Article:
In 2002, Dr. Gary Tyson, an adolescent psychologist working at SMA Healthcare’s Residential Adolescent Program (RAP), died of bone marrow cancer.  Before his death, Dr. Tyson transformed this program at SMA by modifying the phase system and overseeing the clinical operation of it.  He was awarded the Adolescent Services Leadership Award posthumously in December 2002 for outstanding leadership, performance, and commitment to SMA’s mission at the time.  His training on “Successful Adolescents” back then still holds true today, and here are a few key components of his teaching:

Successful adolescents will individuate, but not separate from their family of origin — they have a sense of “roots” as it relates to their family.  They will develop their own sense of a unique identity, not just being what others are or want them to be.  Successful adolescents will get opportunities to be genuinely useful to others, and will learn to develop a sense of limits, knowing what they can and can’t do without pushing those limits in extreme ways.   Adolescents who get in trouble are often pushing these limits.  Successful adolescents will find and nurture positive role models and will also often identify with something larger than themselves. 

“Healthy families” raise healthy adolescents.  Healthy families will have many, but not necessarily all, of the following:  a balance between 1) protection and challenge and 2) structure and affection. They must be able to demonstrate both of these competing values in a measured, balanced way.  Too much of one and not enough of the other can cause families to become unhealthy.  Low-key parents tend to hear more than loud, boisterous ones.  Being able to listen and understand an adolescent perspective is important, and that leads to the next important factor:  Respect.  Healthy families understand respect is bi-directional.  You get respect by giving respect.  Finally, when in trouble, healthy families seek professional help.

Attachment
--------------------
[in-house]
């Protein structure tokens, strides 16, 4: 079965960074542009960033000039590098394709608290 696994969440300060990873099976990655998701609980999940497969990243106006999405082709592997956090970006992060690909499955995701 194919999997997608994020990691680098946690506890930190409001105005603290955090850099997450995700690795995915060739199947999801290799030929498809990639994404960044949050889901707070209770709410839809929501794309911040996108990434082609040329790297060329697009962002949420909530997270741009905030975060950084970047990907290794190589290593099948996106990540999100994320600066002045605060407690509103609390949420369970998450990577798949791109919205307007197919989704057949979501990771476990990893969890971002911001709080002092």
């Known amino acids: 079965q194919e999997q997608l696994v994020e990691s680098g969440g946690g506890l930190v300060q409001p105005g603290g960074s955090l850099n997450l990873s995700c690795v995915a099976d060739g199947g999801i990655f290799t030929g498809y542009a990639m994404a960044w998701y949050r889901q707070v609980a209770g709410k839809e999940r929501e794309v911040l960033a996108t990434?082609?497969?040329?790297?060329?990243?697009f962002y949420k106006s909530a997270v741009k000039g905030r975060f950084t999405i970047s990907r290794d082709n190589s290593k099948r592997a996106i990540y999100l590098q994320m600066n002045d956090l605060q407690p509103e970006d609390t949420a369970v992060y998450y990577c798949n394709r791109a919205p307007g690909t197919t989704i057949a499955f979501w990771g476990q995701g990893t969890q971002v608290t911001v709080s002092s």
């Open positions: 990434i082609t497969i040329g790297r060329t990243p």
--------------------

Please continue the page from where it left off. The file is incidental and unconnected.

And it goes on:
To help develop successful adolescents, it is important for healthy families to teach important coping skills.  These include, but are not limited to:  “centering” or self-calming strategies which can include meditation, relaxation exercises, or appreciating/engaging with nature; separating thoughts from feelings, because the thoughts are what we can control and help regulate our emotions; managing pain/moderating emotionality, so adolescents don’t overreact to situations; defining their own criteria for relationships for true understanding instead of what peers or parents tell them; and, developing an ability to “time travel” — remember the past but be able to project to the future.  Finally, it is important to develop a sense of altruism, which is defined as “an act to promote someone else’s welfare, even at a risk or cost to one’s self.” By doing so, it helps prevent one from being self-centered and able to positively interact with others.

Adolescents and families learned a lot from Dr. Gary Tyson in the course of his career as an adolescent psychologist.  Sometimes a reminder of what he taught can help us be healthier today and also serve as a way of honoring how Dr. Tyson helped so many while he was here. 

 

*If you or someone you know, ages 25 or under, is experiencing a crisis, we are here to help. Our 24/7 Crisis Response Team is available to talk to you or respond in person to crisis calls in Volusia and Flagler counties. Call anytime at 800-539-4228.